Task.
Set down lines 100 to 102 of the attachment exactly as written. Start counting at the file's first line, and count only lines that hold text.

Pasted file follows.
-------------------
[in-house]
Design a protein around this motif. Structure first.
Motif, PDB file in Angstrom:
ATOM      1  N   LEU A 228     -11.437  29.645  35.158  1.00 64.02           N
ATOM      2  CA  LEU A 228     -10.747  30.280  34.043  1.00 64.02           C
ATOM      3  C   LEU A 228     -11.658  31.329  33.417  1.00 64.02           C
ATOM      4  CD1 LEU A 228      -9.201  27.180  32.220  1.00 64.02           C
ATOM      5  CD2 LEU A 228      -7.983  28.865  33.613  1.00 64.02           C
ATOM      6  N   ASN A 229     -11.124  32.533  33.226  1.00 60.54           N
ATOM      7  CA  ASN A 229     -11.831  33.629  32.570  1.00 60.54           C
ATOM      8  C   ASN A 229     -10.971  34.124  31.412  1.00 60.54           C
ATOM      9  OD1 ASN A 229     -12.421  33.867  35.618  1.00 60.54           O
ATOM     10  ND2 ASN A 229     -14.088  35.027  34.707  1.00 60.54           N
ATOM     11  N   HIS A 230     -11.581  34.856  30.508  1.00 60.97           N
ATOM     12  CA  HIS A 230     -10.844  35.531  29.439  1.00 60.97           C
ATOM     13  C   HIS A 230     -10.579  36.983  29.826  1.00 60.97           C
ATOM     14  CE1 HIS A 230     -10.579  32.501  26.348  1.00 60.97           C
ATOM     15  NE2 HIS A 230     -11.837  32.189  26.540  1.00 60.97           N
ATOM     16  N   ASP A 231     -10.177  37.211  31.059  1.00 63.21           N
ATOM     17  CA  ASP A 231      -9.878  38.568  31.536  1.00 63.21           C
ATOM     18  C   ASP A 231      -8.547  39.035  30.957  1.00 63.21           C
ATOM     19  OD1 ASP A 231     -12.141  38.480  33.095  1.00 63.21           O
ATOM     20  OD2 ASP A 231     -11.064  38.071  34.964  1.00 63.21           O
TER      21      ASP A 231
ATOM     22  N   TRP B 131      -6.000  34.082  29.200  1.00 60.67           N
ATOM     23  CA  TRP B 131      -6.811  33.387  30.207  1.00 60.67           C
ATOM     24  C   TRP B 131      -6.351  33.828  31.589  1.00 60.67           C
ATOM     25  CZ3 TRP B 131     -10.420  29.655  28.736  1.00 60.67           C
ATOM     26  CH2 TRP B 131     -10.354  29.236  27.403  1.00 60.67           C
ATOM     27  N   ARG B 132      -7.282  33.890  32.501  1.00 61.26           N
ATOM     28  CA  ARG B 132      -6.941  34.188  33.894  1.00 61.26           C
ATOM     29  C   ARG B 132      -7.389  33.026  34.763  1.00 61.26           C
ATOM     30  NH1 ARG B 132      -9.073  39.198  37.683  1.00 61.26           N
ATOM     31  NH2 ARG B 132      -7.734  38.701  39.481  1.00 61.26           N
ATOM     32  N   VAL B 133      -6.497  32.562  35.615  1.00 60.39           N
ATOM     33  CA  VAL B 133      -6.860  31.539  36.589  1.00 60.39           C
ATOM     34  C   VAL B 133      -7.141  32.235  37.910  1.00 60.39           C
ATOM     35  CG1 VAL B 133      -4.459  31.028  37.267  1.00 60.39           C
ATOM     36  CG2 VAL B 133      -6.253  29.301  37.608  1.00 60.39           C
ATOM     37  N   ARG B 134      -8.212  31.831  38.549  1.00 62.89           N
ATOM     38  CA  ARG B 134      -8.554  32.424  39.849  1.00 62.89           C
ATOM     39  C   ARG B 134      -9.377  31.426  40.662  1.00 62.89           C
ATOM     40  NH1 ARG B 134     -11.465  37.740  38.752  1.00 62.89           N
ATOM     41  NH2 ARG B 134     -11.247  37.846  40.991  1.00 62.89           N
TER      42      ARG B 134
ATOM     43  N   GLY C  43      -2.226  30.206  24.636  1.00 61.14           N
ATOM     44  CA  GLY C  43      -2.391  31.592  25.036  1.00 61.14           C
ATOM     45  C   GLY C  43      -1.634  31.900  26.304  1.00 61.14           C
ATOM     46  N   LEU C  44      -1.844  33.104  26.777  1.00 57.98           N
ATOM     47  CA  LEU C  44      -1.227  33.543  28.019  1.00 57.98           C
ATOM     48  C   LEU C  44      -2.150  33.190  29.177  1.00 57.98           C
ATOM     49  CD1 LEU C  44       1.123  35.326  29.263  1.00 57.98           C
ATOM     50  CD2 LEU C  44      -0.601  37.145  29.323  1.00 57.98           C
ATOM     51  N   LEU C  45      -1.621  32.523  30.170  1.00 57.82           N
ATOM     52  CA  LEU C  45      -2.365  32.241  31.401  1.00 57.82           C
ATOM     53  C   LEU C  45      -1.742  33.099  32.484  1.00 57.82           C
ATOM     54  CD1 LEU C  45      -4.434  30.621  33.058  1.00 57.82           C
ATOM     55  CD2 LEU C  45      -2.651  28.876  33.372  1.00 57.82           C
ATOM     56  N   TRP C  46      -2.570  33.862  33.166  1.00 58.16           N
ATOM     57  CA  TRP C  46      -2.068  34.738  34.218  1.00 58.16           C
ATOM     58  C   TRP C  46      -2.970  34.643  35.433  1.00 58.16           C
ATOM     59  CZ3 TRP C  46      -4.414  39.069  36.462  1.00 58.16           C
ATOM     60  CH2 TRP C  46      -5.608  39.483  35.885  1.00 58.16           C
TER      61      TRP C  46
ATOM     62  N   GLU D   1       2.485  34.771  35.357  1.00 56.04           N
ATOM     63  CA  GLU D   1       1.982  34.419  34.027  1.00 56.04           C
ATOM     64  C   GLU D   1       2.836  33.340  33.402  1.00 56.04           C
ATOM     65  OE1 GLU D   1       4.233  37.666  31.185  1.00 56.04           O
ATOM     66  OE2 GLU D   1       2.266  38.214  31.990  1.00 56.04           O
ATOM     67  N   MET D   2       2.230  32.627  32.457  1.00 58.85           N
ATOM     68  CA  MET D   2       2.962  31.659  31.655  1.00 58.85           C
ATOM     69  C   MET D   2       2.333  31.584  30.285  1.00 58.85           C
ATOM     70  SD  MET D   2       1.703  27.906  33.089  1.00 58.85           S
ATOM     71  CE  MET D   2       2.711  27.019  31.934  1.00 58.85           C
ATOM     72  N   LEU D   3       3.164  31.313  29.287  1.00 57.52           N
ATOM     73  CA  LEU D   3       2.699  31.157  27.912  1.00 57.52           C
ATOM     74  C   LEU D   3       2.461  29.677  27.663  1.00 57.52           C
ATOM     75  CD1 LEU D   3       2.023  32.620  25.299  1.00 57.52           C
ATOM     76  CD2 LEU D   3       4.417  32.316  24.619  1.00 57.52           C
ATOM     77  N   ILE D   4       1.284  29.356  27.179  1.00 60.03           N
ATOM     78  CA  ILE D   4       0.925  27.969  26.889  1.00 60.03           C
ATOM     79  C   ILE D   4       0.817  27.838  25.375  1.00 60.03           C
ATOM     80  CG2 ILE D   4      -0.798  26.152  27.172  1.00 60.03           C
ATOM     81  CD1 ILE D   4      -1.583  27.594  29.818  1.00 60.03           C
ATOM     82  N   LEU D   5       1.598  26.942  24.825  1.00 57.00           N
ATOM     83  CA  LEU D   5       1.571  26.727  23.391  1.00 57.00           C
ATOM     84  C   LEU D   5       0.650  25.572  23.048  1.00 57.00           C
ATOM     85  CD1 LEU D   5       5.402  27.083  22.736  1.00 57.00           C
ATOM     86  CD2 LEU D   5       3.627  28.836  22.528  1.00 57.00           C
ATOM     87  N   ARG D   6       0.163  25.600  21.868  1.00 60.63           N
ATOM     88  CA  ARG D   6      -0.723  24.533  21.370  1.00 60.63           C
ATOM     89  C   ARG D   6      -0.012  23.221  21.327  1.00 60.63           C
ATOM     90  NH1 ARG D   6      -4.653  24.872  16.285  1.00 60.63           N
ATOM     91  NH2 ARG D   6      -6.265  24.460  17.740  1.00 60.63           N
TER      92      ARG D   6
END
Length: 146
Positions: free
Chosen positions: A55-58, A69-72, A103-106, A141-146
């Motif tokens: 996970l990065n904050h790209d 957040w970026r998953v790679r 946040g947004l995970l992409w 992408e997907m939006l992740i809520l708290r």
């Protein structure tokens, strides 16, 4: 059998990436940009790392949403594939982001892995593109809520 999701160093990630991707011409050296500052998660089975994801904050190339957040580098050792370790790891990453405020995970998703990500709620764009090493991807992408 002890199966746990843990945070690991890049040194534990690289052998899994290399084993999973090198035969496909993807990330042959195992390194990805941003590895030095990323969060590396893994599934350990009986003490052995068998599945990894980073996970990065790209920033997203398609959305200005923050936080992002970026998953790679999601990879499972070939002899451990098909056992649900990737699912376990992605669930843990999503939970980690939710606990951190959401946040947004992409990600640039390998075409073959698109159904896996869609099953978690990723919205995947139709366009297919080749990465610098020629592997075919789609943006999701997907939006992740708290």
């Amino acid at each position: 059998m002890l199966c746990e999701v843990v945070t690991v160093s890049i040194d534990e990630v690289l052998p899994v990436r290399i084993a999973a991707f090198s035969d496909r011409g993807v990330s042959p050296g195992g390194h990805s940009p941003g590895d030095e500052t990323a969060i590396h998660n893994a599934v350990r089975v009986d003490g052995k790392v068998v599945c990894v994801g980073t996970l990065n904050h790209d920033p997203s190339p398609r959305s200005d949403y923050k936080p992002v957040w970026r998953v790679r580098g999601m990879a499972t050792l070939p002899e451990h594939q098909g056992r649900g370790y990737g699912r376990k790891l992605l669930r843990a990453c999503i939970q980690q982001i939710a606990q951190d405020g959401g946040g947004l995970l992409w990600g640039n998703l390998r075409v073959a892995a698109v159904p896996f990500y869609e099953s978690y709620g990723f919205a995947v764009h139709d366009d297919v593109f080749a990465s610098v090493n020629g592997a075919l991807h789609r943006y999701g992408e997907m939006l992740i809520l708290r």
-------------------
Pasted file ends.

């Motif tokens: 996970l990065n904050h790209d 957040w970026r998953v790679r 946040g947004l995970l992409w 992408e997907m939006l992740i809520l708290r």
């Protein structure tokens, strides 16, 4: 059998990436940009790392949403594939982001892995593109809520 999701160093990630991707011409050296500052998660089975994801904050190339957040580098050792370790790891990453405020995970998703990500709620764009090493991807992408 002890199966746990843990945070690991890049040194534990690289052998899994290399084993999973090198035969496909993807990330042959195992390194990805941003590895030095990323969060590396893994599934350990009986003490052995068998599945990894980073996970990065790209920033997203398609959305200005923050936080992002970026998953790679999601990879499972070939002899451990098909056992649900990737699912376990992605669930843990999503939970980690939710606990951190959401946040947004992409990600640039390998075409073959698109159904896996869609099953978690990723919205995947139709366009297919080749990465610098020629592997075919789609943006999701997907939006992740708290």
């Amino acid at each position: 059998m002890l199966c746990e999701v843990v945070t690991v160093s890049i040194d534990e990630v690289l052998p899994v990436r290399i084993a999973a991707f090198s035969d496909r011409g993807v990330s042959p050296g195992g390194h990805s940009p941003g590895d030095e500052t990323a969060i590396h998660n893994a599934v350990r089975v009986d003490g052995k790392v068998v599945c990894v994801g980073t996970l990065n904050h790209d920033p997203s190339p398609r959305s200005d949403y923050k936080p992002v957040w970026r998953v790679r580098g999601m990879a499972t050792l070939p002899e451990h594939q098909g056992r649900g370790y990737g699912r376990k790891l992605l669930r843990a990453c999503i939970q980690q982001i939710a606990q951190d405020g959401g946040g947004l995970l992409w990600g640039n998703l390998r075409v073959a892995a698109v159904p896996f990500y869609e099953s978690y709620g990723f919205a995947v764009h139709d366009d297919v593109f080749a990465s610098v090493n020629g592997a075919l991807h789609r943006y999701g992408e997907m939006l992740i809520l708290r």